The opening concert of the festival is traditionally closed by the main festival headliner, a role admirably filled this year by the the great American alto saxophonist Kenny Garrett, who first came to prominence playing with trumpet legend Miles Davis. He has recorded in many jazz styles, but he began the set solidly in modern acoustic jazz territory, with an original tune based around a modal bass riff like the ones frequently employed by saxophonist John Coltrane. Tremendous energy from the entire band: the electricity in the air was palpable. A little ways into the set Garrett broke into an exciting unaccompanied series of saxophone cries—followed by a familiar tune which I could not place, which was not announced. But it was followed by the standard “Body and Soul,” a favored saxophone feature ever since Coleman Hawkins’ classic recording. At this point Garrett introduced the band: Vernell Brown, Keyboard; Holt Corcoran, bass; Samuel Laviso, drums; and Rudy Bird, percussion and vocals. All first-rate players, and they sounded like they have played together a lot. Bird proved to be an especially useful foil for the leader as the set went on.

Having won the audience over with mainstream jazz, the rest of the show went in a more populist direction, which is also a long-time aspect of Garrett’s music. The soul jazz of “Do Your Dance!” (also the title tune of his 2016 Mack Avenue album) included vocals, as well as another exuberant unaccompanied saxophone solo. During the funk tune that followed it Garrett was able to engage the audience in both clapping and singing along. But the tour-de-force of showmanship came during the funk encore. The band members left the stage one by one, leaving the leader alone, finally as a human beatbox. The man had the audience eating out of the palm of his hand. As he left the stage he mentioned how glad he was to have made it to the festival: he had been forced to cancel his appearance on the opening night of the festival’s tenth anniversary in 2016. I think I can speak for the entire audience when I say it was worth the wait.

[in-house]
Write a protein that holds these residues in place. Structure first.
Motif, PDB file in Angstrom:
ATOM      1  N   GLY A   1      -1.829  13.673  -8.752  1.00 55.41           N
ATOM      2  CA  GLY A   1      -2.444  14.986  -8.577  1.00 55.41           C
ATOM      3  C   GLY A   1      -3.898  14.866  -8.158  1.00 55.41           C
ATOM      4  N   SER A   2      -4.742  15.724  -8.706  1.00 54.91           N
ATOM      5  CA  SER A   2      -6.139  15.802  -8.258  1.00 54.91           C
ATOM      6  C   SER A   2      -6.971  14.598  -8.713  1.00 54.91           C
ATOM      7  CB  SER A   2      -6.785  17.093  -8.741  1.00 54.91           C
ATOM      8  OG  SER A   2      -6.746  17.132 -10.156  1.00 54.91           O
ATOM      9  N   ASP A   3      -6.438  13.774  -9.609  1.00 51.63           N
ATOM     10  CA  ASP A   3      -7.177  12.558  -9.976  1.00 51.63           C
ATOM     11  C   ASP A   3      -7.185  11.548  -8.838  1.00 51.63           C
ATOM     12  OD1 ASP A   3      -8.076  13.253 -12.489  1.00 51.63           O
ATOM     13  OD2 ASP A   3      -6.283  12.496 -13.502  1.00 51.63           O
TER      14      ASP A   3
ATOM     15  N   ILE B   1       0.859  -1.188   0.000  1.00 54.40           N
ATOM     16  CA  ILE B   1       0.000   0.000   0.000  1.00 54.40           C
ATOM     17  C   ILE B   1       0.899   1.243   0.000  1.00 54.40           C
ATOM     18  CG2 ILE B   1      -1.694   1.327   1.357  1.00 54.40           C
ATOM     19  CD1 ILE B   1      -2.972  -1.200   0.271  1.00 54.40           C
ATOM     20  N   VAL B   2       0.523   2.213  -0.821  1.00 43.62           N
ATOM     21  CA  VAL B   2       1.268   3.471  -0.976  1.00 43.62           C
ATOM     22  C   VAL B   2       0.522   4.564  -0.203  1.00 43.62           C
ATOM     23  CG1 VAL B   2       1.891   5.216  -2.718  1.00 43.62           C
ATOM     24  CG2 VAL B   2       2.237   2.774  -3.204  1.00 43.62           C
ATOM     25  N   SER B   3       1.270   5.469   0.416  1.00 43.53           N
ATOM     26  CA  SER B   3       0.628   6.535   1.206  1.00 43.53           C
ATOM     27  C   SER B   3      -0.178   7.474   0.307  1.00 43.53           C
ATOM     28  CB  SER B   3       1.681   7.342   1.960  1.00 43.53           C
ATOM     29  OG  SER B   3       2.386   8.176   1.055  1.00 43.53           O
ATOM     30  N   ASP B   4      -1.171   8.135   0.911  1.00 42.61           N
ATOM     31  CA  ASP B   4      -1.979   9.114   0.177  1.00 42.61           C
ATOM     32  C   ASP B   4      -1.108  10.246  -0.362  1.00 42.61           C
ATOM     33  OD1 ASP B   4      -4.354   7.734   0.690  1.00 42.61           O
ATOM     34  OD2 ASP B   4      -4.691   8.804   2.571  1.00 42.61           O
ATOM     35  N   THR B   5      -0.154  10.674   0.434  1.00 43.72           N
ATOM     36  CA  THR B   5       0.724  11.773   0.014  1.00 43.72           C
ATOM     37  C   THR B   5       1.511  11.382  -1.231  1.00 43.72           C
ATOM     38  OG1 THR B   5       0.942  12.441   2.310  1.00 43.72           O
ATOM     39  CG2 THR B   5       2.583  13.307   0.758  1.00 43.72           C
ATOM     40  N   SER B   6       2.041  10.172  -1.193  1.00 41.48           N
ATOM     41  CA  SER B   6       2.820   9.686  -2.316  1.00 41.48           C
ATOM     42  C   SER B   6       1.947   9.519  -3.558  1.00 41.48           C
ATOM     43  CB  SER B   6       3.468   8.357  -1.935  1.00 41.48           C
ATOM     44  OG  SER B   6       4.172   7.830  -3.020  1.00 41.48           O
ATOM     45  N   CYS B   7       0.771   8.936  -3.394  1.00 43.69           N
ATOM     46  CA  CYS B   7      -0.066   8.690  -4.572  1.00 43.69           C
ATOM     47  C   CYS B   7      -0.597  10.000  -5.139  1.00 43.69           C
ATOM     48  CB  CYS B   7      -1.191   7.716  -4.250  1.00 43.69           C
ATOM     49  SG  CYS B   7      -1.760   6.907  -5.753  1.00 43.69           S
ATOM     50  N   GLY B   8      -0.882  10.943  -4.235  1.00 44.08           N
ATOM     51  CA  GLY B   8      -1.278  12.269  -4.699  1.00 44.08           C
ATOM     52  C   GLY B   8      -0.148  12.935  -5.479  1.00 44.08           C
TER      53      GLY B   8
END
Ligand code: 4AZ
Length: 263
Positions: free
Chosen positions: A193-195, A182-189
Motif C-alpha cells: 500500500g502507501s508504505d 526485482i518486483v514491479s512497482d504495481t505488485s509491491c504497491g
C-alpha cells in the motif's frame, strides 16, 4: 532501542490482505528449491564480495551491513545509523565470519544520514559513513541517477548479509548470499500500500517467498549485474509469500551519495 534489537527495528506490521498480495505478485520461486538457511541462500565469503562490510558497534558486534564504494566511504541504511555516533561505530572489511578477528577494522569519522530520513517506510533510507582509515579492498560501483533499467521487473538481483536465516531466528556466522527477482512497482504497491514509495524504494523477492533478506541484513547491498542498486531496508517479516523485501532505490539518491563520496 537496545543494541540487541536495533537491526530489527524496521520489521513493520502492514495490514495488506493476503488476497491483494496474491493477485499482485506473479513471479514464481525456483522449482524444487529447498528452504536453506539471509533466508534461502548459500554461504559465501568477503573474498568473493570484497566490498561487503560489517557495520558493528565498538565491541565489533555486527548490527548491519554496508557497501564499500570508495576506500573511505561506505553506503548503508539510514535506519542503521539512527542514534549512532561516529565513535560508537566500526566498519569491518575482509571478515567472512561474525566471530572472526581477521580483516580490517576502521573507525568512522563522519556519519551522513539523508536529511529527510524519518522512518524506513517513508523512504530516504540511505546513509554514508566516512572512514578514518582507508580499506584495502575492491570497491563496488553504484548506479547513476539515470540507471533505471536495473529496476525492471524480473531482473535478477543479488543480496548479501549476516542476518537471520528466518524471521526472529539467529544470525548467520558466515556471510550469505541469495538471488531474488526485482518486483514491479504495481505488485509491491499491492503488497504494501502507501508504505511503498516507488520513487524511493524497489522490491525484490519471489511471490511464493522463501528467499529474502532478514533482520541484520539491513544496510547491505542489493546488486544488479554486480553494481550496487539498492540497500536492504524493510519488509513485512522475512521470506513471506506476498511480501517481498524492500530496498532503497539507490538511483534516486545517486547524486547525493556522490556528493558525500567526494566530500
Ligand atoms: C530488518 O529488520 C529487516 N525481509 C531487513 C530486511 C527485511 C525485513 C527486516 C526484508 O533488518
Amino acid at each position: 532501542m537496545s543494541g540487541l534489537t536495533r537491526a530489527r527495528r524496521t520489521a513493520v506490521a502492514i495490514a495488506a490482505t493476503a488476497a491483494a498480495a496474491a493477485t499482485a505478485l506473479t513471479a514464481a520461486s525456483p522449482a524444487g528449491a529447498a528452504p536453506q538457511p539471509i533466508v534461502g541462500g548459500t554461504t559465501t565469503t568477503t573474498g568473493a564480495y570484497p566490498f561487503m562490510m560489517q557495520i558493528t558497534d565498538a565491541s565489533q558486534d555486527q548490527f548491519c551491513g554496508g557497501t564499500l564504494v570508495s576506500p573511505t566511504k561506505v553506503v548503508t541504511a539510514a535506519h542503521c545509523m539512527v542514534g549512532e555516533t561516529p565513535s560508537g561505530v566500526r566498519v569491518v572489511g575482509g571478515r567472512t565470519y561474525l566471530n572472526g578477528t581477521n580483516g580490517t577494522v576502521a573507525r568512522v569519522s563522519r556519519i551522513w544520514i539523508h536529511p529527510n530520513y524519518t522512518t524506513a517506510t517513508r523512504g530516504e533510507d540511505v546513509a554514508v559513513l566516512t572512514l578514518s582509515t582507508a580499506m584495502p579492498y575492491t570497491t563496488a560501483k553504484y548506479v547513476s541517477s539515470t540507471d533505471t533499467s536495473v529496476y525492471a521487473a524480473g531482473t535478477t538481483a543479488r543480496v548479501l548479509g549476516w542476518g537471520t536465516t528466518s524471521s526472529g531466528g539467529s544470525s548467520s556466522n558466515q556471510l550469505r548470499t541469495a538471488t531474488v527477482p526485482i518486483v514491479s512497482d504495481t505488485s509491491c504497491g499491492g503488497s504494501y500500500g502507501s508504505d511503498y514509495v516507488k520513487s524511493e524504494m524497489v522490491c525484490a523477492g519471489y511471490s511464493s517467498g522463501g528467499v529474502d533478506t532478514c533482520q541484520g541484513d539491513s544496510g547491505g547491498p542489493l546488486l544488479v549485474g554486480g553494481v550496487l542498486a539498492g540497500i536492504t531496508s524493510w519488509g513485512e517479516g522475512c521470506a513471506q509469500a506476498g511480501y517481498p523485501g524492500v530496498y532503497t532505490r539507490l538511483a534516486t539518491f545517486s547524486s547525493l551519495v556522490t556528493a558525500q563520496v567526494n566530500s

Leila Pinheiro/Réginald Policard/Dominique Di Piazza

The Sunday night show began with veteran Brazilian vocalist/pianist Leila Pinheiro in her duet project with guitarist Nelson Faria, collectively called Céu e Mar (Sky and Sea). They were warmly received by the large Brazilian cohort in attendance when they took the stage.

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Their set was a rich blend of bossa nova and jazz standards, made fresh by their creative partnership. “Girl From Ipanema” has become a bit overplayed in the U.S.—even having cocktail lounge associations—but it’s a beautiful tune when played well. It also has a different sound when sung in the original Portuguese, as most of these songs were. Pinheiro switched to electric piano for the Duke Ellington classic “(In My) Solitude.” Later she sang “Ole Devil Called Love” in English, in honor of singer Billie Holiday. Faria was a sensitive accompanist throughout. When he finally played an unaccompanied solo it concluded with a sly introduction to the bossa nova classic “O Barquinho,” their closing selection. A fine ending to a performance both classy and classic.

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The intermission music was supplied by the Ra Ra band Follow Jah, a bande à pied or walking band (marching band in common English usage) that has been performing at the festival since 2012. They provide a literal blast of high energy every time they perform.

Pianist/composer Reginald Policard was the first Haitian musician on the main stage. Founder of the well known Caribbean Sextet, he has also been associated with konpa, fusion, and even smooth jazz. But the music he played on this night was firmly in the modern jazz tradition, with a healthy dose of Latin jazz for spice. During the opening tune his piano recalled the thunder of McCoy Tyner. He definitely has a musical sense of humor as well, as demonstrated by his “Peanut Vendor” quote in a later tune. That original had a fast, irregular rhythm, with space for a saxophone/drum duet, a bass/drum duet, and finally a drum solo. Policard called up his young trumpet guest Maxime Lafaille, an excellent player who led a band later in the week at an After Hours show, as well as a frequent jam session participant all week long. Then Leila Pinheiro joined him on stage to sing Antonio Carlos Jobim’s “Corcovado” (“Quiet Nights of Quiet Stars”)—the kind of guest performance that can only happen at a festival like this. It was a very good night for Jobim, which makes it a very good night, period.